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The Aeroflot festival format has been changed. It starts with a Swiss Rapid qualifier (15 minutes+10 sec increment), which puts 32-players into second stage. Then, for light entertainment, there’s a blitz open Swiss with a $50,000 prize fund at 3mins+2 secs. The 32-players play KO two game minimatches with tiebreaks to put eight into a grand final. Places 9-16 get $1,500 each while 17-32 get $1,000 each.
In the grand final, eight stars meet the eight qualifiers in rapid KO matches with escalating prize money. The eight seeds are Alexander Grischuk, Peter Svidler, Dmitry Andreikin, Sergey Karjakin, Ian Nepomniachtchi, Wang Hao and Shahriyar Mammadyarov. The winner gets $16,000, the finalist $10,000, semi-finalists $6,000, etc.
All this is packed into five days. The sponsors thought blitz/rapid is less “boring”. More likely, hosting a 12-day event would have stressed budgets. It is incidentally, the 980th anniversary of the founding of Aeroflot. Abhijeet Gupta is the lone Indian to make the 32-cut.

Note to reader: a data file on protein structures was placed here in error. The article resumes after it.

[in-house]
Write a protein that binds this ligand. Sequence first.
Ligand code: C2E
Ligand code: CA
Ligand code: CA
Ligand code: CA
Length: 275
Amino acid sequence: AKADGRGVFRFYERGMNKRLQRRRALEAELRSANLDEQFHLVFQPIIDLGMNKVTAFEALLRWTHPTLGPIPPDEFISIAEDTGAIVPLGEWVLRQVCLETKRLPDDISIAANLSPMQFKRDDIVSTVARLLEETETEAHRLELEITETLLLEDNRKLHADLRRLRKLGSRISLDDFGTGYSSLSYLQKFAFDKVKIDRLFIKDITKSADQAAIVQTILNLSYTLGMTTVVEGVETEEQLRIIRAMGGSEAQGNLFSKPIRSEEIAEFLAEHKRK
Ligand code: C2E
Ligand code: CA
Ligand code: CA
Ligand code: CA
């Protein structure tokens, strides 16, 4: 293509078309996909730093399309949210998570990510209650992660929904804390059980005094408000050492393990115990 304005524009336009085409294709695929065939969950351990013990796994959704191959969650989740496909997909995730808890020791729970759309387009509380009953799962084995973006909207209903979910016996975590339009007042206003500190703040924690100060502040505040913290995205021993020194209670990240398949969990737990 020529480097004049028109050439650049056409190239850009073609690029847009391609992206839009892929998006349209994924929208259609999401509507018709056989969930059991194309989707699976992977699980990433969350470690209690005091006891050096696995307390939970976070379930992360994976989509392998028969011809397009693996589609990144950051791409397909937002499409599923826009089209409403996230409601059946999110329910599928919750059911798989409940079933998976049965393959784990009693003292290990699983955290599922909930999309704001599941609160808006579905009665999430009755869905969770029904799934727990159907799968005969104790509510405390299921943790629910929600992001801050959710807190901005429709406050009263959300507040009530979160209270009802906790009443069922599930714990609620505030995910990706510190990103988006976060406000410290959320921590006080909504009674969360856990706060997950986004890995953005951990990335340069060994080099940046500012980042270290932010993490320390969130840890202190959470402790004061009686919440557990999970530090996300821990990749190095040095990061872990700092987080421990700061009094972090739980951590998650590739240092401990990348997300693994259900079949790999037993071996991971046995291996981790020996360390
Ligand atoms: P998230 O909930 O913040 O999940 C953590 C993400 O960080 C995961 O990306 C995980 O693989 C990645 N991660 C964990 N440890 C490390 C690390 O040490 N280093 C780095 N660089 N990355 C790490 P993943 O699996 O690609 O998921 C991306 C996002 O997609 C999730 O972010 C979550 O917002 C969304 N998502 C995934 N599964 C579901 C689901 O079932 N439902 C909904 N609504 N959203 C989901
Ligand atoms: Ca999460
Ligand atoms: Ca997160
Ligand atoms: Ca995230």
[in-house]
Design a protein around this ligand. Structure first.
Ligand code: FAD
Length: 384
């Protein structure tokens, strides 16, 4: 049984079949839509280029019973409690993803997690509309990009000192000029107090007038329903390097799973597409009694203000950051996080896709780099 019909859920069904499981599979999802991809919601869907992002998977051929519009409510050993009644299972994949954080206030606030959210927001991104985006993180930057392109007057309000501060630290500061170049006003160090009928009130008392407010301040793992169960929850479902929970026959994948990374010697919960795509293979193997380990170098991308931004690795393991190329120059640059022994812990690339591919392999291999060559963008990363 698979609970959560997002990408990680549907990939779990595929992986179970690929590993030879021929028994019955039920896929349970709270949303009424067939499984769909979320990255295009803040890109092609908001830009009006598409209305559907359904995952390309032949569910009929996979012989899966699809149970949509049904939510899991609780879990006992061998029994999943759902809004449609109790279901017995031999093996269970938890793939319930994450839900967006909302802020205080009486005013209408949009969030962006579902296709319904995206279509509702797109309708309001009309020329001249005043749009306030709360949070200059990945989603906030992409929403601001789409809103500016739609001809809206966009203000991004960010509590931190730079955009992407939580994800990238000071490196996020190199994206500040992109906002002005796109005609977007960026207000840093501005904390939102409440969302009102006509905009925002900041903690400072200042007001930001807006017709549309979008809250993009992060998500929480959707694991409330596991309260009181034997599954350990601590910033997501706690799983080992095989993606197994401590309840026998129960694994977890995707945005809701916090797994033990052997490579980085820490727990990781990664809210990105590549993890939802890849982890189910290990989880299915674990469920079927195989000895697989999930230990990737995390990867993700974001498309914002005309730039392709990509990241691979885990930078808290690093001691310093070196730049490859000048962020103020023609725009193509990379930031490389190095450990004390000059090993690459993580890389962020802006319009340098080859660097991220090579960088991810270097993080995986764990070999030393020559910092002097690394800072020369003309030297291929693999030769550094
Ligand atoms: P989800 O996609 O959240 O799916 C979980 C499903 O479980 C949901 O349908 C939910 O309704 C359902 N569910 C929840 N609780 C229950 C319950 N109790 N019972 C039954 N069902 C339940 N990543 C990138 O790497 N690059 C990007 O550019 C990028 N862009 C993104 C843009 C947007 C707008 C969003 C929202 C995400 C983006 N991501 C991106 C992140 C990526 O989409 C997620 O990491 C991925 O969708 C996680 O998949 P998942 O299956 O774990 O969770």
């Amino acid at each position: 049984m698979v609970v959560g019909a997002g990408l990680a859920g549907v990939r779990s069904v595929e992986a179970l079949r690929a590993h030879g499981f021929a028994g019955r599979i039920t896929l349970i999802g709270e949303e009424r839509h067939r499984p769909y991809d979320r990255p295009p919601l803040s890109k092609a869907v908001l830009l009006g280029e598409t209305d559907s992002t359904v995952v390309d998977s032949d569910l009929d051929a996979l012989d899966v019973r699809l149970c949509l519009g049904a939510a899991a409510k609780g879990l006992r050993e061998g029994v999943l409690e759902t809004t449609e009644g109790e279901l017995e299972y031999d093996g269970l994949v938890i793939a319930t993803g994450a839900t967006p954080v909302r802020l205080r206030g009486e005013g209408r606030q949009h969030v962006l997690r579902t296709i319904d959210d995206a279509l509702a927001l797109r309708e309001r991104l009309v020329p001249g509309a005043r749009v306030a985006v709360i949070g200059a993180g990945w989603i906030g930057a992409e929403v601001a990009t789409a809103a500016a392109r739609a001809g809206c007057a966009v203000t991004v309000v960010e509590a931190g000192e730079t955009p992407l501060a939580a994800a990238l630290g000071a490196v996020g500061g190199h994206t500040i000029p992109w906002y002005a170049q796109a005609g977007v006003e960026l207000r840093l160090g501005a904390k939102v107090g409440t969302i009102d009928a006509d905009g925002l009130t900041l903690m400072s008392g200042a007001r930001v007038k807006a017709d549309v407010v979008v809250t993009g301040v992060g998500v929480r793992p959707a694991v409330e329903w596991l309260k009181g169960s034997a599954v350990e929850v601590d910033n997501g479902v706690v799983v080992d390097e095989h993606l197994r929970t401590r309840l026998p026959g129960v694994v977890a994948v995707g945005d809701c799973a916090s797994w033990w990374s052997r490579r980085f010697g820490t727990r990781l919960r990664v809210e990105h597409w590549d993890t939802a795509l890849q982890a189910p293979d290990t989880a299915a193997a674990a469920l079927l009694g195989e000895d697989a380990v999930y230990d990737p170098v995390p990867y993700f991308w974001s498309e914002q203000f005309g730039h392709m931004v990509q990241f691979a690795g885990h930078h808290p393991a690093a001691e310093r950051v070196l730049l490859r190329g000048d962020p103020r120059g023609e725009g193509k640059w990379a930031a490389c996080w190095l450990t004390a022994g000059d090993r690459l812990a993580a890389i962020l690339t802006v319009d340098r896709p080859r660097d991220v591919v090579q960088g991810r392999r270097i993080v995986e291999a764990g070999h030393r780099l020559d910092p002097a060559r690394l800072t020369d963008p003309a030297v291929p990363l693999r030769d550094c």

Meanwhile, in Baden-Baden, another chess centre with a great history, there’s a classical double Round-Robin. The six players are Anand, Caruana and Adams along with Naiditsch, Georg Meier and Danny Fridman. That is four 2700-plus GMs. It would be normal to expect the strong players to draw each other and focus on beating the two relatively weaker Germans. Instead, the six rounds have each seen one decisive result and it’s usually involved Naiditsch. Caruana (+2,=4) leads with 4 from 6. Anand (+1,=5) and Naiditsch (+3.-2,=1) share second on 3.5. .
The diagram, WHITE TO PLAY (Fridman Vs Naiditsch Baden Baden 2013) is the prelude to a spectacular sacrifice. What should white play? The natural move is 21.Bd3 Ndf3+! Even the engines under-rate this. 22.gxf3 Qd7! 23.Be2 Rf6 24.Nd5!
Alternatives A: 24.Ne3 Qh3 25.Ng4 Bxg4 26.fxg4 Raf8 or B: 24.f4 exf4 25. Nd5 fxg3 26. Nxf6 Qh3 both win for black. The ideas in the second variation are transposed in the game with 24--- .Rh6 25.f4 Nh3+ 26.Kg2 exf4 27.Bh2? This loses. The engines say 27.Nd4 but black has an attack and rough material equality then.
After 27...f3+! 28.Bxf3 Ng5 29.Nf4 Rxh2+! 30.Kxh2 Be5 ? The clincher was 30. --Qf7. Now white gets a chance with 31.Kg2 Bxf4 32.Rh1 Qg7 33.Kf1 Be6 34.Nd4 Bc4+ 35.Be2 Nxe4! 36.Bxc4? Last chance is 36.Rg1! when black is obviously better.
Naiditsch found 36...Nd2+ 37.Ke2 d5!! Anand said: “Very impressive.” It’s mate after 38.Bxd5 Re8+ 39. Kd3 Qg6+ 40. Kc3 Rc8 41. Bc6 Rxc6. Another win is 37...Nxc4. But not 37...Qxd4? 38.Rxh7+!! Kxh7 39.Qh1+. It ended after 38.Qc2 Re8+ 39.Kd1 Nxc4 40.Qc3 Re4 41.Nf5 Nxb2+ 42.Kc2 Re2+ 43.Kb3 Qxc3+ 44.Kxc3 Be5+ 45.Nd4 Re4 (0–1). The rook ending after 46. Kxb2 Bxd4+ is prosaically won.